Proceedings of the National Academy of Sciences of the United States of America
Proc Natl Acad Sci U S A 2021 Aug 17; 118(33):e2111401118
Skeletal muscle and bone homeostasis are regulated by members of the myostatin/GDF-11/activin branch of the transforming growth factor-β superfamily, which share many regulatory components, including inhibitory extracellular binding proteins and receptors that mediate signaling. Here, we present the results of genetic studies demonstrating a critical role for the binding protein follistatin (FST) in regulating both skeletal muscle and bone. Using an allelic series corresponding to varying expression levels of endogenous Fst, we show that FST acts in an exquisitely dose-dependent manner to regulate both muscle mass and bone density. Moreover, by employing a genetic strategy to target Fst expression only in the posterior (caudal) region of the animal, we show that the effects of Fst loss are mostly restricted to the posterior region, implying that locally produced FST plays a much more important role than circulating FST with respect to regulation of muscle and bone. Finally, we show that targeting receptors for these ligands specifically in osteoblasts leads to dramatic increases in bone mass, with trabecular bone volume fraction being increased by 12- to 13-fold and bone mineral density being increased by 8- to 9-fold in humeri, femurs, and lumbar vertebrae. These findings demonstrate that bone, like muscle, has an enormous inherent capacity for growth that is normally kept in check by this signaling system and suggest that the extent to which this regulatory mechanism may be used throughout the body to regulate tissue mass may be more significant than previously appreciated.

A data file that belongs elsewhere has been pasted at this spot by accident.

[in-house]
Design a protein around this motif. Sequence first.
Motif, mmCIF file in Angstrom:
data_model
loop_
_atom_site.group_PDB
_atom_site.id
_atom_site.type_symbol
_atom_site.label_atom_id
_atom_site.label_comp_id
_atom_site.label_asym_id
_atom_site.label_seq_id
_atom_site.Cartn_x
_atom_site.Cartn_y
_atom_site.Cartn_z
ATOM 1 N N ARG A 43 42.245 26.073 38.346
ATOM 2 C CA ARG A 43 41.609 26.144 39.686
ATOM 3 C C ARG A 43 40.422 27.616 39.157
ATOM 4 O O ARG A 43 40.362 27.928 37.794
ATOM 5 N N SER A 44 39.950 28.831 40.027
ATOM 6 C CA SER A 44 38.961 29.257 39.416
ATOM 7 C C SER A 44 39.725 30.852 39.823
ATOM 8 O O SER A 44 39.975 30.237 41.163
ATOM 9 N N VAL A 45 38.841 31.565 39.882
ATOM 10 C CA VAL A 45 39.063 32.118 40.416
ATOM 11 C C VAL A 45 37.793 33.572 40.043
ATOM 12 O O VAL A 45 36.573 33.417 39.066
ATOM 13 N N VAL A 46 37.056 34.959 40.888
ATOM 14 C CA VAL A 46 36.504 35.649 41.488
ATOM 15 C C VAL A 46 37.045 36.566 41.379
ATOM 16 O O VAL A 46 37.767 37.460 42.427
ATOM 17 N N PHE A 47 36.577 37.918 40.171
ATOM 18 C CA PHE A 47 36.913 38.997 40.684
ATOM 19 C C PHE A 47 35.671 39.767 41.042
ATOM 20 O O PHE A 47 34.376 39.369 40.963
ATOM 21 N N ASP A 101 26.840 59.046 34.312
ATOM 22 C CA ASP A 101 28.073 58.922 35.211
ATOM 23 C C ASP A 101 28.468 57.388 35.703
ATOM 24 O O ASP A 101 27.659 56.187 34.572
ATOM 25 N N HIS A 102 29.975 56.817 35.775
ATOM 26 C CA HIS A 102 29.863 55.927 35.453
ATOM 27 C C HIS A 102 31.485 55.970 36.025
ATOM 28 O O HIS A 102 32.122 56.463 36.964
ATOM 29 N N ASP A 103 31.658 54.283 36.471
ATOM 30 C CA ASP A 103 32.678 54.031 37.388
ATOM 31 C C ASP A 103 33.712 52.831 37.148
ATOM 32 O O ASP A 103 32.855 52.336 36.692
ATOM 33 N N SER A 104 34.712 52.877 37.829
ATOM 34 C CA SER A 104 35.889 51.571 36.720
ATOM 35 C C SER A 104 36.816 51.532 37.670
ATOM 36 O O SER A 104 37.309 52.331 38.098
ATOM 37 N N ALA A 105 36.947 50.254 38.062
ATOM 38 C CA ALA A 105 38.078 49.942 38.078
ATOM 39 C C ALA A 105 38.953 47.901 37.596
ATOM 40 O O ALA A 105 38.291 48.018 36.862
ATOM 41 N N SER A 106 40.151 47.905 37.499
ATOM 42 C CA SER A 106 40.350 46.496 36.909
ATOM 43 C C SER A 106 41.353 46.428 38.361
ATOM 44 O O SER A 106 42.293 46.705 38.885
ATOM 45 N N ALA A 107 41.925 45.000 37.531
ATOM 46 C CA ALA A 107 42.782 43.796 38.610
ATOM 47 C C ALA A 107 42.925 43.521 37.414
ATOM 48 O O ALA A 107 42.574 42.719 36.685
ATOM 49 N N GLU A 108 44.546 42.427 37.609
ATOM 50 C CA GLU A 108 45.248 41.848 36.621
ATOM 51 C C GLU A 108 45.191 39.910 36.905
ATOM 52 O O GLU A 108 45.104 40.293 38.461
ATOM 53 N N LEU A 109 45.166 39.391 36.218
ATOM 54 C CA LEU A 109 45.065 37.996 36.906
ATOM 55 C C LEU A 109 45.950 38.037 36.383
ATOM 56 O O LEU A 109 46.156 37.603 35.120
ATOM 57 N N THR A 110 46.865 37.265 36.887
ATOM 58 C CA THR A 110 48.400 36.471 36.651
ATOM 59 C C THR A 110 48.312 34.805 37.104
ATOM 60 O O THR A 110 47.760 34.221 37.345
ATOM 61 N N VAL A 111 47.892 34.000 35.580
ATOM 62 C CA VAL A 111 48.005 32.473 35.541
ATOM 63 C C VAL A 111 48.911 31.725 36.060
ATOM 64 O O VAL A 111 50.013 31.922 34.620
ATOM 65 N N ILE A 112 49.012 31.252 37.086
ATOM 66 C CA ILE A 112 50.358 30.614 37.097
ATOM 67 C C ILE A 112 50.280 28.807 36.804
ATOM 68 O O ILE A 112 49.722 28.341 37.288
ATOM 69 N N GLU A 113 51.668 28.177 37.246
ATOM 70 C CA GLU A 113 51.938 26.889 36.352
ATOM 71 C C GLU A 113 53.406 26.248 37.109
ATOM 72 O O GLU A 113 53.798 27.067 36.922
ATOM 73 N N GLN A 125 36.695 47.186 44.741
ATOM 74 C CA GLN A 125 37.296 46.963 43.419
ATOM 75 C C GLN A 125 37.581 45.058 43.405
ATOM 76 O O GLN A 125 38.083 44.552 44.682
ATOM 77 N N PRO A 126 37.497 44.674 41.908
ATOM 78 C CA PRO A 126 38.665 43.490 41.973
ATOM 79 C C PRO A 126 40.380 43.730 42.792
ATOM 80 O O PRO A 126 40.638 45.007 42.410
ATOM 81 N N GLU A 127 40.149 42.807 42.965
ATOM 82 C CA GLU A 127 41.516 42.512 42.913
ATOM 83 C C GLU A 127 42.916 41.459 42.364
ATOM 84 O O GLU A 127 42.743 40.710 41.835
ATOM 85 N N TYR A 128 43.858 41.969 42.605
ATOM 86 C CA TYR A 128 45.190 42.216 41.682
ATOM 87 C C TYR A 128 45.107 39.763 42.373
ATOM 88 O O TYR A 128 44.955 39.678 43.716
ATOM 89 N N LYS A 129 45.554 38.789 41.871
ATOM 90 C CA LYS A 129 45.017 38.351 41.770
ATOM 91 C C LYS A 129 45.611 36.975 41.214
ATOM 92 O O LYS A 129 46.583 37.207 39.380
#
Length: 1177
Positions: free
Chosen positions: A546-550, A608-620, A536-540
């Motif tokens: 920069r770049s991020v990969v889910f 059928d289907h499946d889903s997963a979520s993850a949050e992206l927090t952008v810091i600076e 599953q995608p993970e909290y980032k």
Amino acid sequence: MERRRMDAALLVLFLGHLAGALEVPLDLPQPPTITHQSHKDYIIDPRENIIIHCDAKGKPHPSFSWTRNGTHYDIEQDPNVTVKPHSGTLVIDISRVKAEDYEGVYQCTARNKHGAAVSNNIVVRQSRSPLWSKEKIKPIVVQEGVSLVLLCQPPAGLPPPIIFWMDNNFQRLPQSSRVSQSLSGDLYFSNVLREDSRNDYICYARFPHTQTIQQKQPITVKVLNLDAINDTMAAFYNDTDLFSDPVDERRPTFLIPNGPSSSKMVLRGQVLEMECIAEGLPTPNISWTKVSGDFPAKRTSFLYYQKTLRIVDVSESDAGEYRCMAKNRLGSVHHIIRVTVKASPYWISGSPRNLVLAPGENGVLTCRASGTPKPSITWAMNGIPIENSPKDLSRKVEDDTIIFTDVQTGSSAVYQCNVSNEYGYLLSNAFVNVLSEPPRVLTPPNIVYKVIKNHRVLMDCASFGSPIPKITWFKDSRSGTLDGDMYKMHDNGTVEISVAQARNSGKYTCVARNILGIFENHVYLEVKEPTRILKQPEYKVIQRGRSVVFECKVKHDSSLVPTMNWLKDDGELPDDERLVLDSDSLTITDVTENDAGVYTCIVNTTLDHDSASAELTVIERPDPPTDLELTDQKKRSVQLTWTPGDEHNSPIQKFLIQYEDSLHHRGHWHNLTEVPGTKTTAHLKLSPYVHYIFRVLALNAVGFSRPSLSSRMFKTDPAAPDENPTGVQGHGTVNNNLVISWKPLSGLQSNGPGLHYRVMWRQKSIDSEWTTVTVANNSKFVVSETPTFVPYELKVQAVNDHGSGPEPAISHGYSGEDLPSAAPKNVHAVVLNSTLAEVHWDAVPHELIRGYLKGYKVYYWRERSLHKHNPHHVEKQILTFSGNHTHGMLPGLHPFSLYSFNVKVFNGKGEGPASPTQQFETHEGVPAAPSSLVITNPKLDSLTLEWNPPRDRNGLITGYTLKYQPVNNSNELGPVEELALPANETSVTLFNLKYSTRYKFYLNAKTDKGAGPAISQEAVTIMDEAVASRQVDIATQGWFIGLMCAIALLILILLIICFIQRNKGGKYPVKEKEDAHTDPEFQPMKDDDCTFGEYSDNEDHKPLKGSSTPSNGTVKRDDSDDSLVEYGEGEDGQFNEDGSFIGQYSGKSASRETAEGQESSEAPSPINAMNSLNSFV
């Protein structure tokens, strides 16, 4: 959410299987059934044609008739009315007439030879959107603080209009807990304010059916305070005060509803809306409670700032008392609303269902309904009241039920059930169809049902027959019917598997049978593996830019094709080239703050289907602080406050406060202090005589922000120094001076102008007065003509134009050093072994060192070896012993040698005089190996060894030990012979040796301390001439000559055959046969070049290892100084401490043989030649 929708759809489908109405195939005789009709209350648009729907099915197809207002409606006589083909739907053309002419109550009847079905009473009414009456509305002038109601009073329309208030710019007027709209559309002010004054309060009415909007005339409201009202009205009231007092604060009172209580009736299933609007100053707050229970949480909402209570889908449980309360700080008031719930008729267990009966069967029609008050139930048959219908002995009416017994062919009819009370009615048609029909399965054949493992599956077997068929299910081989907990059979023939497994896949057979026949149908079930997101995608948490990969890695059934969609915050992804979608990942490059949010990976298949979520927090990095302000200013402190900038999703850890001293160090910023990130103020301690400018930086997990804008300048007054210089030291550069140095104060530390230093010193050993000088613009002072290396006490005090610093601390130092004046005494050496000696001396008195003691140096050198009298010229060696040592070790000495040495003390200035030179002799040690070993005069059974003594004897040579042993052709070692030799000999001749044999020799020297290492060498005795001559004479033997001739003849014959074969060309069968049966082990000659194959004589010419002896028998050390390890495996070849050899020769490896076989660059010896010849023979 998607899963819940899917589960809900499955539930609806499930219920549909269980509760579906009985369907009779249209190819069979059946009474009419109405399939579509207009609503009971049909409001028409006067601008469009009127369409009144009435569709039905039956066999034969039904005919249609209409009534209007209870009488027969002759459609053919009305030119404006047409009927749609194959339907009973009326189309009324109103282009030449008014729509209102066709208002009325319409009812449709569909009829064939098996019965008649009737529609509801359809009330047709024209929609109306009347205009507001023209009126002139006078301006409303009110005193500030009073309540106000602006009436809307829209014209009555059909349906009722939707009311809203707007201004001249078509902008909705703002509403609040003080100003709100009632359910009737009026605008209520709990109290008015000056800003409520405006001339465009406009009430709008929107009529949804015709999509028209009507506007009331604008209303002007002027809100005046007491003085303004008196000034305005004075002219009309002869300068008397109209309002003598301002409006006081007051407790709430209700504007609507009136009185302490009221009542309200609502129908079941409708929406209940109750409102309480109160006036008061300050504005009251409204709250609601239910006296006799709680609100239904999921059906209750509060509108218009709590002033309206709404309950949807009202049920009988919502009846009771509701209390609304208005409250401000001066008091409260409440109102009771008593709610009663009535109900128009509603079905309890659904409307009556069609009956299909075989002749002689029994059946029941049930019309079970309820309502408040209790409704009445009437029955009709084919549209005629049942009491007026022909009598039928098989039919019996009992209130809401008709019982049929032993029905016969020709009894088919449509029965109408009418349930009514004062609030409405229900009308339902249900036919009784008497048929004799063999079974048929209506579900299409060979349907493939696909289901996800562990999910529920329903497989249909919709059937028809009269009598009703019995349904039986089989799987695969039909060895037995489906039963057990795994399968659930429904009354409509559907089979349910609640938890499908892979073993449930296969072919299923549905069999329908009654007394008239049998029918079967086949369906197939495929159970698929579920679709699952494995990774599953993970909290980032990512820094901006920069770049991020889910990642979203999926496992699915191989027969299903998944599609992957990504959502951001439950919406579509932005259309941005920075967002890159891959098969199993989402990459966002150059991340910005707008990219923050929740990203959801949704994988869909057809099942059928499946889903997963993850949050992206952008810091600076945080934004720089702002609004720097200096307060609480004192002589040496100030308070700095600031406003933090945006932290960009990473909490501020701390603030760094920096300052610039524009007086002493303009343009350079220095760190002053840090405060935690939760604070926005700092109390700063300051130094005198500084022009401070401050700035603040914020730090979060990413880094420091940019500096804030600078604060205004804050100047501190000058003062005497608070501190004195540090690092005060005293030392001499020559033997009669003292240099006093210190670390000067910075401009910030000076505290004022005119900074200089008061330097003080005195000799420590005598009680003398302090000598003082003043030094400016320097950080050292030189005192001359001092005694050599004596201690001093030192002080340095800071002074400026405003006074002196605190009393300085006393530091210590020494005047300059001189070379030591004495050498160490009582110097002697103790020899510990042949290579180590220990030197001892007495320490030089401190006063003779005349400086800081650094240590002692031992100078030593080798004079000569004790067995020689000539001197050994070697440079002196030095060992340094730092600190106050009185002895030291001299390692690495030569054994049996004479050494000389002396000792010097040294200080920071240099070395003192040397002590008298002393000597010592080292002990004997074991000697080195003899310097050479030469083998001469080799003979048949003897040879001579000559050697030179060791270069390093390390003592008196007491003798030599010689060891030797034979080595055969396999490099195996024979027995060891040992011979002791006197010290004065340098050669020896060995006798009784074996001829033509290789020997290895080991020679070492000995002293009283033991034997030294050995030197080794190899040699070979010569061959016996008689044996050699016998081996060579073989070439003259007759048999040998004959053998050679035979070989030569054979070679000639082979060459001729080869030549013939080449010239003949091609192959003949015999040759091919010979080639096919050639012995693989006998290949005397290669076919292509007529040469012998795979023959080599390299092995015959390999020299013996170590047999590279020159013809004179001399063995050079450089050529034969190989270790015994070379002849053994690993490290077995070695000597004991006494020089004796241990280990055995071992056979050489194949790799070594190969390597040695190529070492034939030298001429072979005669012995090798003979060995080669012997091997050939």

Liu, Yewei; Lehar, Adam; Rydzik, Renata; Chandok, Harshpreet; Lee, Yun-Sil; Youngstrom, Daniel W; George, Joshy; Matzuk, Martin M; Germain-Lee, Emily L; and Lee, Se-Jin, "Local versus systemic control of bone and skeletal muscle mass by components of the transforming growth factor-β signaling pathway." (2021). Faculty Research 2021. 168.